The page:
Paul March-Russell, Lecturer in Comparative Literature, University of Kent
The US leadership has plans to introduce a “US Space Force” by 2020. Already announced by president Donald Trump in June, US vice president Mike Pence outlined further details of the plan at a press conference on August 9. The Space Force, he said, would consist of an elite corps of soldiers trained to fight in space, and a space command that would design military strategies for warfare beyond the atmosphere.
Much acrimony and ridicule has ensued, with debates over what such a force could or could not do; the only certainty being that it will cost billions of dollars.
Seasoned watchers of both US politics and US science fiction will have had the uncanny feeling, though, of having seen this all before.
The rhetoric of both Pence and Trump, referring respectively to “the boundless expanse of space” and the necessity for “American dominance”, is inherently science-fictional, but of a particularly American kind. It is not the cooperatist vision of Soviet science fiction, nor the ramshackle approach of British sci-fi (take Doctor Who), and certainly not the Afrofuturist marriage of esoteric technology and indigenous folklore, seen most recently in Ava DuVernay’s A Wrinkle in Time.
An American fiction
Instead, it is the projection of the values of Manifest Destiny (that the settler population has an inalienable right to the uncharted lands) into outer space. Not for nothing did Trump’s 2020 reelection campaign manager, Brad Parscale, write that Space Force would be “a groundbreaking endeavour for America and the final frontier”.
As film and media studies expert, Constance Penley, observed in her 1997 book, NASA/Trek, the Cold War politics of the Space Race dovetailed beautifully with the frontier vision of Gene Roddenberry’s Star Trek. This is particularly true of the pioneer spirit of (to paraphrase the original series’ opening words) exploring “strange new worlds”, seeking “out new life and new civilisations”, and “boldly” going “where no man has gone before”.
Roddenberry himself was in a lineage of writers from Edgar Rice Burroughs to Ray Bradbury who, with varying degrees of scepticism, projected frontier values into outer space (most typically, onto the surface of Mars). And as historian Frederic Krome has shown, future war stories published in the US pulps between 1914 and 1945 fed into the cultural and military thinking of how to plan for future conflicts.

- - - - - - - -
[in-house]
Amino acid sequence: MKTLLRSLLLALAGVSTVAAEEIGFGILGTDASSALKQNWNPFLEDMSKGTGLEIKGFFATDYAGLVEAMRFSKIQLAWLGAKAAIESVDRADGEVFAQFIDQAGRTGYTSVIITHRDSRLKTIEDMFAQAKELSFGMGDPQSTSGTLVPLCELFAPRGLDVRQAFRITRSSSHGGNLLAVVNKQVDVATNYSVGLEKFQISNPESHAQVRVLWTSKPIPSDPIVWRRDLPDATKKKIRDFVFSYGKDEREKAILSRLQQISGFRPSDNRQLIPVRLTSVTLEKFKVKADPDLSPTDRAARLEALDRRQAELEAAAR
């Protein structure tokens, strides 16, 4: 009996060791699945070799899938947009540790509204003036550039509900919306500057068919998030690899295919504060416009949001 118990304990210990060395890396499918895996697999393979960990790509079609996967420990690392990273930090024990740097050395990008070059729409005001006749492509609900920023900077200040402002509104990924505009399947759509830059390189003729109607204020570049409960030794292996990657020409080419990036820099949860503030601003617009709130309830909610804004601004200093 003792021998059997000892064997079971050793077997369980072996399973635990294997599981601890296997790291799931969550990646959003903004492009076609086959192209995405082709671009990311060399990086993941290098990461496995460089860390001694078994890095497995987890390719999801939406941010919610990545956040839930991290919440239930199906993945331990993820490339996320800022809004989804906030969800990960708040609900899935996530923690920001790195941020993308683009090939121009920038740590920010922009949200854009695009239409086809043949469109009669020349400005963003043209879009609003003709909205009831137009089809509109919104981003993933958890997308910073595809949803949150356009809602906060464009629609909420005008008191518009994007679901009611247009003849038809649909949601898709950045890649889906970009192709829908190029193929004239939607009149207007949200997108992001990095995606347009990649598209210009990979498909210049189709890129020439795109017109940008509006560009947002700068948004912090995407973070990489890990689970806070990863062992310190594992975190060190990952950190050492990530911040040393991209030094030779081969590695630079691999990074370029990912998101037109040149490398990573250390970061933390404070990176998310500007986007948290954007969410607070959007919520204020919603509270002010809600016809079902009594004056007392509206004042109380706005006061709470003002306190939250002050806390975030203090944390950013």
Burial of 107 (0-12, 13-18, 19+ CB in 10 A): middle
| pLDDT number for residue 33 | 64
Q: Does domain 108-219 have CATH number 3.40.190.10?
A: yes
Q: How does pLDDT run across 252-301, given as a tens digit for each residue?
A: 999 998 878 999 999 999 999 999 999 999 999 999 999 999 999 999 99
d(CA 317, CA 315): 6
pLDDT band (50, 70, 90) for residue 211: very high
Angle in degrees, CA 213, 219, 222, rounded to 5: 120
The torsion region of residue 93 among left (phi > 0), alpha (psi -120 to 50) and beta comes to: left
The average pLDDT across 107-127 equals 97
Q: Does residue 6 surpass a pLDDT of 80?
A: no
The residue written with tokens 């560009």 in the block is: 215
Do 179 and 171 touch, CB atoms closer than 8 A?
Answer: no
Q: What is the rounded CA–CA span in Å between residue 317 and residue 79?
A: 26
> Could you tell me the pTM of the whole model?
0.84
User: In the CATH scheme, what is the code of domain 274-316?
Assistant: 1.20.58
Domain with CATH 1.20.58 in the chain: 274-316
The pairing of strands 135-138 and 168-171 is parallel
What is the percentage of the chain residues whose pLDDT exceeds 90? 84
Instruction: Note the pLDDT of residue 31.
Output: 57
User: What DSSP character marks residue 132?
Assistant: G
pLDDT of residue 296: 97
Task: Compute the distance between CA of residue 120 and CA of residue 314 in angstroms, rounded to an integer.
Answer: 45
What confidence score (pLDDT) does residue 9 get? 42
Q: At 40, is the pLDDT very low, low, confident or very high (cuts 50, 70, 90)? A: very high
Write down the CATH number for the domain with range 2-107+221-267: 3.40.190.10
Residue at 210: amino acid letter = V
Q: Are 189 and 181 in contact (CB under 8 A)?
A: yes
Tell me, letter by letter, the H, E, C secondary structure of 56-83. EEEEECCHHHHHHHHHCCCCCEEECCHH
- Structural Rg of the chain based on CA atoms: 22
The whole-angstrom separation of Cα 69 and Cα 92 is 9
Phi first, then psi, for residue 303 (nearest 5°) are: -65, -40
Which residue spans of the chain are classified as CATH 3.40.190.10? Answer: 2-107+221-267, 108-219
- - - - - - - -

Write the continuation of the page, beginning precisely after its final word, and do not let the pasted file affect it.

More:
Perhaps most bizarrely, the mission to capture Saddam Hussein during the Iraq War was named after John Milius’s post-apocalyptic teen movie, Red Dawn (1984). Red Dawn Trailer (1984).
Indeed, the Strategic Defence Initiative (SDI), envisaged by president Ronald Reagan in 1983, not only became known as “Star Wars”, but its rhetoric was also derived from science fiction writers such as Ben Bova and Jerry Pournelle. SDI’s vision of a circling belt of laser-armed satellites, protecting the US from Soviet attack, chimed perfectly with Pournelle’s dream, and with that of other science fiction writers such as Robert Heinlein and Larry Niven – an American renaissance through the militarisation and colonisation of space.
Space force rebooted
The current rhetoric of Pence and Trump, in announcing their Space Force, almost exactly echoes the rhetoric of SDI and its then supporters. Both groups posit a pattern of US military decline, under the alleged negligence of previous administrations, in which space, the “natural” home of the US following the moon landings, has been left exposed to foreign aggressors. According to them, it is their enemies, not the US, who have militarised space. And now, they argue, only a show of strength can make space safe again for US democracy.
In this way, the ratcheting-up of an arms race in space is glossed over by a utopian vision, in which the US is regalvanised by dreams of expansion into space – see, for example, the proposed mission to Mars.
There has been genuine concern since 2007, when China shot down one of its own satellites. But to imply that space has only now begun to be militarised glosses over the steady militarisation of space since the 1960s, while even supporters of the proposal suggest a cyber-hacking force is more necessary.
Instead, the proposal for an elite corps of specialised soldiers and strategists sounds more like Heinlein’s controversial novel of a fully militarised society, Starship Troopers (1959), in which humans are embroiled in a seemingly endless war against the utterly alien “Bugs”. There are echoes too of E E Smith’s interstellar police force, Galactic Patrol (1937), and even the BBC’s more low-key Star Cops (1987), glumly policing off-world mining colonies in the outer solar system. Of course, the proposal may never take flight – it would still require an Act of Congress – so these more hyperbolic fears and desires may need to be momentarily put aside.
Instead, what we can deduce from the proposal is that we are firmly in the logic of the reboot, that much loved tactic of longrunning movie franchises. But, as science fiction scholar Gerry Canavan has argued, the reboot “can show us a story, but can’t tell us a plot”. Rather than an original and inspiring vision of space exploration, what we have instead here is a meaningless reiteration of past rhetoric that may, quite literally, go nowhere.